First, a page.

<< Chapter < Page | Chapter >> Page > |
The concept of a radioactive decay chain is important in this determination. In the case of ^{238} U, it decays over many steps to ^{206} Pb. In the process, it goes through ^{234m} Pa, ^{234} Pa, and ^{234} Th. These three isotopes have detectable gamma emissions that are capable of being used quantitatively. As can be seen in [link] , the half-life of these three emitters is much less than the half-life of ^{238} U. As a result, these should exist in secular equilibrium with ^{238} U. Given this, the ratio of activity of ^{238} U to each daughter products should be 1:1. They can thus be used as a surrogate for measuring ^{238} U decay directly via gamma spectroscopy. The total activity of the ^{238} U can be determined by [link] , where A is the total activity of ^{238} U, R is the count rate of the given daughter isotope, and B is the probability of decay via that mode. The count rate may need to be corrected for self-absorption of the sample is particularly thick. It may also need to be corrected for detector efficiency if the instrument does not have some sort of internal calibration.
Isotope | Half-life |
^{238} U | 4.5 x 10 ^{9} years |
^{234} Th | 24.1 days |
^{234m} Pa | 1.17 minutes |
A gamma spectrum of a sample is obtained. The 63.29 keV photopeak associated with ^{234} Th was found to have a count rate of 5.980 kBq. What is the total activity of ^{238} U present in the sample?
^{234} Th ^{} exists in secular equilibrium with ^{238} U. The total activity of ^{234} Th must be equal to the activity of the ^{238} U. First, the observed activity must be converted to the total activity using Equation A=R/B. It is known that the emission probability for the 63.29 kEv gamma-ray for ^{234} Th ^{} is 4.84%. Therefore, the total activity of ^{238} U in the sample is 123.6 kBq.
The count rate of ^{235} U can be observed directly with gamma spectroscopy. This can be converted, as was done in the case of ^{238} U above, to the total activity of ^{235} U present in the sample. Given that the natural abundances of ^{238} U and ^{235} U are known, the ratio of the expected activity of ^{238} U to ^{235} U can be calculated to be 21.72 : 1. If the calculated ratio of disintegration rates varies significantly from this expected value, then the sample can be determined to be depleted or enriched.
As shown above, the activity of ^{238} U in a sample was calculated to be 123.6 kBq. If the gamma spectrum of this sample shows a count rate 23.73 kBq at the 185.72 keV photopeak for ^{235} U, can this sample be considered enriched uranium? The emission probability for this photopeak is 57.2%.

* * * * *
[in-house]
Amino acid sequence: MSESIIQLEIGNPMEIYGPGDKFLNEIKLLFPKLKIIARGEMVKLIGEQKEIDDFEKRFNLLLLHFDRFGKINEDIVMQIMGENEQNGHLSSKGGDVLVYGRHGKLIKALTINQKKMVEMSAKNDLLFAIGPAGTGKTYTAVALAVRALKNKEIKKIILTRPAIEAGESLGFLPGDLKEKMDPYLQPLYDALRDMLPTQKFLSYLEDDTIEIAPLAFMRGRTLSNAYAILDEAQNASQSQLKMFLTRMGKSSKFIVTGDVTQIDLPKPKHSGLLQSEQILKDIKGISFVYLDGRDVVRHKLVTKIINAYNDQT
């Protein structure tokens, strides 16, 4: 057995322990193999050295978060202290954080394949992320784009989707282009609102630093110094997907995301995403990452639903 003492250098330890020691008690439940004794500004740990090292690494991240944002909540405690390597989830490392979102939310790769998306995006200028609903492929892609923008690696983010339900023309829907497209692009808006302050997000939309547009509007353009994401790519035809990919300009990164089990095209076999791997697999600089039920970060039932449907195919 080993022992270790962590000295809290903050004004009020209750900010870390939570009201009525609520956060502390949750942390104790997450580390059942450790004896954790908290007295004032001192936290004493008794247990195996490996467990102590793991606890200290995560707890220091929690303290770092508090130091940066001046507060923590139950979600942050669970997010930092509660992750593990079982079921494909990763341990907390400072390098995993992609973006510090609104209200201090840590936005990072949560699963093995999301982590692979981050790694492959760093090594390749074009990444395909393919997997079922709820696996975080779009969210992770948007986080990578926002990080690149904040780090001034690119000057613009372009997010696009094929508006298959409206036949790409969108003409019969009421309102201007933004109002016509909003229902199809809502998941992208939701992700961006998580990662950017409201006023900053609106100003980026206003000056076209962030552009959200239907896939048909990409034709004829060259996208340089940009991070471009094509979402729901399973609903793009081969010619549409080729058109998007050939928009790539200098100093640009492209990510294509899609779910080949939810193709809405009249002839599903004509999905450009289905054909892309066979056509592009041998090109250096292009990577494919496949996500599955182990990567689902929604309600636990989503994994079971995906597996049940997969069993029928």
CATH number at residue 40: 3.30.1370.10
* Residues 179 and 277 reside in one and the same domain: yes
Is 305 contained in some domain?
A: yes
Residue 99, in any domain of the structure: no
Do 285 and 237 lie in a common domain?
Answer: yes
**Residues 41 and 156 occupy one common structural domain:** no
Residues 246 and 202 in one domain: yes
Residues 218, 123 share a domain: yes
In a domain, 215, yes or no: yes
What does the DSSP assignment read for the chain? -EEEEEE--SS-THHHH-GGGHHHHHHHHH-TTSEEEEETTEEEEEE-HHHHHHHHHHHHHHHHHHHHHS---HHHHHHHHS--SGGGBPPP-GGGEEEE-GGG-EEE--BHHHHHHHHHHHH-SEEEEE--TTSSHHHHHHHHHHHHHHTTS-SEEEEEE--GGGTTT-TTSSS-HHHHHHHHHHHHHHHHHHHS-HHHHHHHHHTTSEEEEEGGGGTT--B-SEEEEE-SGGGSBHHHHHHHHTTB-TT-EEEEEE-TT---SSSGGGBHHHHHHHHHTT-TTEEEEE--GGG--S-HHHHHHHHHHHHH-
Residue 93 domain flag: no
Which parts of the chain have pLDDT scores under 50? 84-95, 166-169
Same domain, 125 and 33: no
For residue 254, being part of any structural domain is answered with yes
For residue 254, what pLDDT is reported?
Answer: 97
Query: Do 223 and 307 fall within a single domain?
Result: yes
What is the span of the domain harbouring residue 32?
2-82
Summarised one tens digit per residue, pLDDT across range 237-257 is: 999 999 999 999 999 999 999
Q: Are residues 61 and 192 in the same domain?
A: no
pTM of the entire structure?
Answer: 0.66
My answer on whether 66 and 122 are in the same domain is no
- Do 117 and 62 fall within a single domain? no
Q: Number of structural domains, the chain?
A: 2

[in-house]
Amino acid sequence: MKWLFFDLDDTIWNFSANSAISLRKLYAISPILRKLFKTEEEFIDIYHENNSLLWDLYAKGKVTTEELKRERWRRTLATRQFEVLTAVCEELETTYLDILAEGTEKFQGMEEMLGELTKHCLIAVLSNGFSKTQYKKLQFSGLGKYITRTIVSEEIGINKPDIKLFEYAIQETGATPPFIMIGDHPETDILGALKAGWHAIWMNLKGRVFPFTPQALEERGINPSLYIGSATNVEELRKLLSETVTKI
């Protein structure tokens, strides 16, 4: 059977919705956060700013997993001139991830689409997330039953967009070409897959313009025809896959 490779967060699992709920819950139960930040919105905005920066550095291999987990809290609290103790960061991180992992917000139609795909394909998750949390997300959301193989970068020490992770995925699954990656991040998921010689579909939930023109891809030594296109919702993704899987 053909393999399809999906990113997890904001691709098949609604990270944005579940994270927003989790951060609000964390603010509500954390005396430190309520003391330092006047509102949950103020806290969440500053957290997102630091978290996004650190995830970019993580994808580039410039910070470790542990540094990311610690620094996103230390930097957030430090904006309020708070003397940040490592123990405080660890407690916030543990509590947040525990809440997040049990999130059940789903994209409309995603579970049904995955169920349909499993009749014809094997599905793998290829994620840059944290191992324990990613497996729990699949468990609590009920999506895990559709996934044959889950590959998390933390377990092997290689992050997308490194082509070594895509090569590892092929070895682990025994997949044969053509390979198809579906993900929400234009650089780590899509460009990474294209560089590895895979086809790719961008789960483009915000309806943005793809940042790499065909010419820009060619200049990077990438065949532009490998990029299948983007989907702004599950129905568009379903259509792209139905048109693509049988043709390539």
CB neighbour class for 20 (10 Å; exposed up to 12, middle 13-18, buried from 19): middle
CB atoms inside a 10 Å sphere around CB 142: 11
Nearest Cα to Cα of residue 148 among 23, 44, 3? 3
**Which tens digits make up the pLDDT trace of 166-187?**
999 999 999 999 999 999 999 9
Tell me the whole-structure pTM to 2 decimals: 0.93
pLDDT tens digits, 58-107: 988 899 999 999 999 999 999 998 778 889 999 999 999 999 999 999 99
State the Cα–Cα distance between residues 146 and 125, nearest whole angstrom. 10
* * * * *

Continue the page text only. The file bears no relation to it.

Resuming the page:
As shown in the example above, the count rate can be converted to a total activity for ^{235} U. This yields a total activity of 41.49 kBq for ^{235} U. The ratio of activities of ^{238} U and ^{235} U can be calculated to be 2.979. This is lower than the expected ratio of 21.72, indicating that the ^{235} U content of the sample greater than the natural abundance of ^{235} U.
This type of calculation is not unique to ^{238} U. It can be used in any circumstance where the ratio of two isotopes needs to be compared so long as the isotope itself or a daughter product it is in secular equilibrium with has a usable gamma-ray photopeak.
Particularly in the investigation of trafficked radioactive materials, particularly fissile materials, it is of interest to determine how long it has been since the sample was enriched. This can help provide an idea of the source of the fissile material—if it was enriched for the purpose of trade or if it was from cold war era enrichment, etc.
When uranium is enriched, ^{235} U is concentrated in the enriched sample by removing it from natural uranium. This process will separate the uranium from its daughter products that it was in secular equilibrium with. In addition, when ^{235} U is concentrated in the sample, ^{234} U is also concentrated due to the particulars of the enrichment process. The ^{234} U that ends up in the enriched sample will decay through several intermediates to ^{214} Bi. By comparing the activities of ^{234} U and ^{214} Bi or ^{226} Ra, the age of the sample can be determined.
In [link] , A _{Bi} is the activity of ^{214} Bi, A _{Ra} ^{} is the activity of ^{226} Ra, A _{U} is the activity of ^{234} U, λ _{Th} is the decay constant for ^{230} Th, λ _{Ra} is the decay constant for ^{226} Ra, and T is the age of the sample. This is a simplified form of a more complicated equation that holds true over all practical sample ages (on the order of years) due to the very long half-lives of the isotopes in question. The results of this can be graphically plotted as they are in [link] .
Exercise : The gamma spectrum for a sample is obtained. The count rate of the 121 keV ^{234} U photopeak is 4500 counts per second and the associated emission probability is 0.0342%. The count rate of the 609.3 keV ^{214} Bi photopeak is 5.83 counts per second and the emission probability is 46.1%. How old is the sample?
Solution : The observed count rates can be converted to the total activities for each radionuclide. Doing so yields a total activity for ^{234} U of 4386 kBq and a total activity for ^{214} Bi of 12.65 Bq. This gives a ratio of 9.614 x 10 ^{-7} . Using [link] , as graphed this indicates that the sample must have been enriched 22.0 years prior to analysis.
Notification Switch
Would you like to follow the 'Physical methods in chemistry and nano science' conversation and receive update notifications?